Nigeria’s airforce said Saturday that it had killed more than 70 Islamic State-affiliated fighters in the north of the country, at the border with Niger.
The statement said aircraft from both Nigeria and Niger had taken part in the operation.
The Lake Chad area where Nigeria said it launched the airstrikes is known for hosting fighters of the Islamic State West Africa Province (ISWAP), a jihadist group active since 2016.
With older rivals Boko Haram, the two factions have killed more than 40,000 people in the past decade and over two million people are still displaced from their homes due to ongoing violence.
“Missions over the suspected locations… conducted on 13 April 2022 specifically sighted large number of terrorists, a likely logistics camp,” Nigeria’s airforce spokesman Edward Gabkwet said.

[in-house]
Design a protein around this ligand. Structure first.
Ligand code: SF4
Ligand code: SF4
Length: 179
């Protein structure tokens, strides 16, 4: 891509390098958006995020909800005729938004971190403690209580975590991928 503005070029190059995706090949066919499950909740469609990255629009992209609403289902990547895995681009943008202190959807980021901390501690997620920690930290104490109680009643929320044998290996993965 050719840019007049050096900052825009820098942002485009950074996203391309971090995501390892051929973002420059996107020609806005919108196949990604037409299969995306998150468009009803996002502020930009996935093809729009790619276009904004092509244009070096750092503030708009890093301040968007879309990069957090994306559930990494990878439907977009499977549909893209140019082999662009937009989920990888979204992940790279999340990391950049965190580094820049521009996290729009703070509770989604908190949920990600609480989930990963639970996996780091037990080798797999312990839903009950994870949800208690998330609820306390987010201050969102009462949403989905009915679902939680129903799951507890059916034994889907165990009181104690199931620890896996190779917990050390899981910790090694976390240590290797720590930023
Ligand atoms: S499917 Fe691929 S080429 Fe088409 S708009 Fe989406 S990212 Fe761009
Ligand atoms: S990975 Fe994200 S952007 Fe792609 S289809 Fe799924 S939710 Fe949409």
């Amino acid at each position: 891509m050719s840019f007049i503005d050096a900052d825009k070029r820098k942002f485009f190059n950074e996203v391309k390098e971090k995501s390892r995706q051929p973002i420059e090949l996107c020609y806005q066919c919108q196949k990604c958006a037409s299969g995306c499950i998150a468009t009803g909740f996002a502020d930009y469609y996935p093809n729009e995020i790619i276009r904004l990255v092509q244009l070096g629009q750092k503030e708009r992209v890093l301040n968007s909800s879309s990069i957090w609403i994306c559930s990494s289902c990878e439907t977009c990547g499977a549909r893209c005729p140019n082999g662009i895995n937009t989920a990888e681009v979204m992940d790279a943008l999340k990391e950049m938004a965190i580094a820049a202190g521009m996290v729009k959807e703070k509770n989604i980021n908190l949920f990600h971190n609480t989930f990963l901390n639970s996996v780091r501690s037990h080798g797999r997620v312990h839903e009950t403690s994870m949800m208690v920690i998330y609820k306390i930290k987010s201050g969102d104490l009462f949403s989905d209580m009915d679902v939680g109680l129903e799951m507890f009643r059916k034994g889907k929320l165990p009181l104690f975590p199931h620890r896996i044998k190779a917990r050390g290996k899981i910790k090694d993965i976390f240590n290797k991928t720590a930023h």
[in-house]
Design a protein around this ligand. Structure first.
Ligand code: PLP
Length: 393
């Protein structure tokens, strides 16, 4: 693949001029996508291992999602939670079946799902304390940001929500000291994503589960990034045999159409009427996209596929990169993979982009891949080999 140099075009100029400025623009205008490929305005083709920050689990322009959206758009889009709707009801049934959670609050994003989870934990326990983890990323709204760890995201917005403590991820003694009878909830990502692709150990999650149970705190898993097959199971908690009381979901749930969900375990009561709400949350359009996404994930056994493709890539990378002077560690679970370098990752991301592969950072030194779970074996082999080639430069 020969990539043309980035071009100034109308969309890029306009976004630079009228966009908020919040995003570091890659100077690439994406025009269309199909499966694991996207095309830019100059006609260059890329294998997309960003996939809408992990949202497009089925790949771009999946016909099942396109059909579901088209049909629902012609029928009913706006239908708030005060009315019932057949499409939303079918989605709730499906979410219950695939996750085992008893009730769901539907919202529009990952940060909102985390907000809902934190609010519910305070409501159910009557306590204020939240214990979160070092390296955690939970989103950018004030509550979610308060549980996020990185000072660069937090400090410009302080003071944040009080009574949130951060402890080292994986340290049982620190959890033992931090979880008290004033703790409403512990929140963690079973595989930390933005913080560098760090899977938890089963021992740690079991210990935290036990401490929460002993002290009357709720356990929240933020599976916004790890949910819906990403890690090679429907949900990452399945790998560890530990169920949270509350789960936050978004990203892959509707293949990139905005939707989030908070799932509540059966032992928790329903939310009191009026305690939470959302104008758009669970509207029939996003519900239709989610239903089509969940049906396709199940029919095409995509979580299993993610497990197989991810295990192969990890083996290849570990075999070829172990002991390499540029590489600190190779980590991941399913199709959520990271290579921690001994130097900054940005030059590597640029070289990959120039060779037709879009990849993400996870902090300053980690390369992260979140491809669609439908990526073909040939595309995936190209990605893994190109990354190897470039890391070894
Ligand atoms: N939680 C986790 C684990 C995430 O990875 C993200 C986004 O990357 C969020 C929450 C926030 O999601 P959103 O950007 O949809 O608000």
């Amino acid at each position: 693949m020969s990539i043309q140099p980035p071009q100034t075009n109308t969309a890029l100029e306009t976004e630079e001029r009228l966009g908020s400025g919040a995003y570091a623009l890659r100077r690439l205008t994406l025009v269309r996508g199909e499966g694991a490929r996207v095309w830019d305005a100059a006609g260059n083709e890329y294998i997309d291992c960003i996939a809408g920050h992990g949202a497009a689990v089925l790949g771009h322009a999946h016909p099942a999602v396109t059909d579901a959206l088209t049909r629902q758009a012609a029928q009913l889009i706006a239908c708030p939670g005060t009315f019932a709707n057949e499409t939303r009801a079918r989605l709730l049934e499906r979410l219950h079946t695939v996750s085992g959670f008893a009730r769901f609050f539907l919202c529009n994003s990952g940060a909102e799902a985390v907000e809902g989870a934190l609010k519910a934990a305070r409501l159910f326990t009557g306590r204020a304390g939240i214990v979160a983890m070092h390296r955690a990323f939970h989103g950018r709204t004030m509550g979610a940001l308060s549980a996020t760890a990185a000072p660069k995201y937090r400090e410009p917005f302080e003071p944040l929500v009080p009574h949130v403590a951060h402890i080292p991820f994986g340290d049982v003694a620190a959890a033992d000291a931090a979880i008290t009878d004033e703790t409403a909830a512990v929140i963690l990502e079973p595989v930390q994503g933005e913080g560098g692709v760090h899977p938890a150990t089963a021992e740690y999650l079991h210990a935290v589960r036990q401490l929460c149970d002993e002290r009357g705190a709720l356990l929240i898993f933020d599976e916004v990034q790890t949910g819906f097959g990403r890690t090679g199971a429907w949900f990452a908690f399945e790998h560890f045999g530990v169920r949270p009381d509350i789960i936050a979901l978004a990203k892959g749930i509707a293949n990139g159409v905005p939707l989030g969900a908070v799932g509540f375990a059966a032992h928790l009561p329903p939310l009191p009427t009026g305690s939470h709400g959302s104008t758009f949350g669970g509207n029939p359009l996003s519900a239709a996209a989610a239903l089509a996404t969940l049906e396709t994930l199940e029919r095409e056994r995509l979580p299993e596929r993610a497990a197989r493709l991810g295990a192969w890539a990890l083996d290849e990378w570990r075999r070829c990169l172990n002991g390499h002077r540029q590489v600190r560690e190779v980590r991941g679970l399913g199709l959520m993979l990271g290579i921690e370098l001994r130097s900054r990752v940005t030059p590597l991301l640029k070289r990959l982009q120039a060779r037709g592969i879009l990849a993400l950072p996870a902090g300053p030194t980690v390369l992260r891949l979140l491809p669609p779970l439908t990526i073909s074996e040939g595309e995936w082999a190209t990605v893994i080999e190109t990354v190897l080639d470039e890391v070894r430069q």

As a result, they carried out airstrikes on April 14 at Tumbun Rego and a nearby training camp, using aircraft from both Nigeria and Niger, he added in a statement.
“Over 70 ISWAP terrorists were either eliminated or severely injured,” he said.
Nigeria often scales up its offensive at this time of the year, before the rainy season starts.
Soldiers have been battling the jihadist insurgency for more than 12 years.
Since last year, ISWAP has mostly taken over from its rival Boko Haram, after its leader Abubakar Shekau died during inter-factional clashes.
Shekau had gained international notoriety after kidnapping nearly 300 schoolgirls in Chibok in 2014.
Government troops are also battling heavily armed gangs in the northwest and separatist tensions in the southeast.